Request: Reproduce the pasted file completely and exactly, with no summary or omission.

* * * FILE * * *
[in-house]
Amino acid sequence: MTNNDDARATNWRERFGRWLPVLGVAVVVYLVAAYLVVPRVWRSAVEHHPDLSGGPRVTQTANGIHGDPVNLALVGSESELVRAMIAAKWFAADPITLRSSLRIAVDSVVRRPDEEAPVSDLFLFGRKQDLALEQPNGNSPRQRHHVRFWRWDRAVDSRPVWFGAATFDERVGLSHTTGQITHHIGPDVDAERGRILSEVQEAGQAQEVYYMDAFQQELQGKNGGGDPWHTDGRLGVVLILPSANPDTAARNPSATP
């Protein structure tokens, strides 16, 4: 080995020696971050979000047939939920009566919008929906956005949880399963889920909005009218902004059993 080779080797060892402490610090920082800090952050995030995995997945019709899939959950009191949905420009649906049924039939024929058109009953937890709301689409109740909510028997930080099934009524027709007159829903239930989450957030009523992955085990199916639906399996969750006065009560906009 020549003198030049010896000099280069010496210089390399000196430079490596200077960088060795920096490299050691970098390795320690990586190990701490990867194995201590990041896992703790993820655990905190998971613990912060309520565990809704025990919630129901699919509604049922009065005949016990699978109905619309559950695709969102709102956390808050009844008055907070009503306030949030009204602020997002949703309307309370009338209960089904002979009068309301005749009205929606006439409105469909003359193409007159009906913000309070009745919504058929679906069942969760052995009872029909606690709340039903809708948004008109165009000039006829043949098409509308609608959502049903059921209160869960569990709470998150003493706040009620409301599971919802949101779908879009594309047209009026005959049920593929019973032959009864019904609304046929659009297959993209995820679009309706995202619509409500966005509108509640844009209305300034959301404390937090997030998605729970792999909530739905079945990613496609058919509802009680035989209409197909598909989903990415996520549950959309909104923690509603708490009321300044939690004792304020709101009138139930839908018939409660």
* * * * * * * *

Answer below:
[in-house]
Amino acid sequence: MTNNDDARATNWRERFGRWLPVLGVAVVVYLVAAYLVVPRVWRSAVEHHPDLSGGPRVTQTANGIHGDPVNLALVGSESELVRAMIAAKWFAADPITLRSSLRIAVDSVVRRPDEEAPVSDLFLFGRKQDLALEQPNGNSPRQRHHVRFWRWDRAVDSRPVWFGAATFDERVGLSHTTGQITHHIGPDVDAERGRILSEVQEAGQAQEVYYMDAFQQELQGKNGGGDPWHTDGRLGVVLILPSANPDTAARNPSATP
């Protein structure tokens, strides 16, 4: 080995020696971050979000047939939920009566919008929906956005949880399963889920909005009218902004059993 080779080797060892402490610090920082800090952050995030995995997945019709899939959950009191949905420009649906049924039939024929058109009953937890709301689409109740909510028997930080099934009524027709007159829903239930989450957030009523992955085990199916639906399996969750006065009560906009 020549003198030049010896000099280069010496210089390399000196430079490596200077960088060795920096490299050691970098390795320690990586190990701490990867194995201590990041896992703790993820655990905190998971613990912060309520565990809704025990919630129901699919509604049922009065005949016990699978109905619309559950695709969102709102956390808050009844008055907070009503306030949030009204602020997002949703309307309370009338209960089904002979009068309301005749009205929606006439409105469909003359193409007159009906913000309070009745919504058929679906069942969760052995009872029909606690709340039903809708948004008109165009000039006829043949098409509308609608959502049903059921209160869960569990709470998150003493706040009620409301599971919802949101779908879009594309047209009026005959049920593929019973032959009864019904609304046929659009297959993209995820679009309706995202619509409500966005509108509640844009209305300034959301404390937090997030998605729970792999909530739905079945990613496609058919509802009680035989209409197909598909989903990415996520549950959309909104923690509603708490009321300044939690004792304020709101009138139930839908018939409660």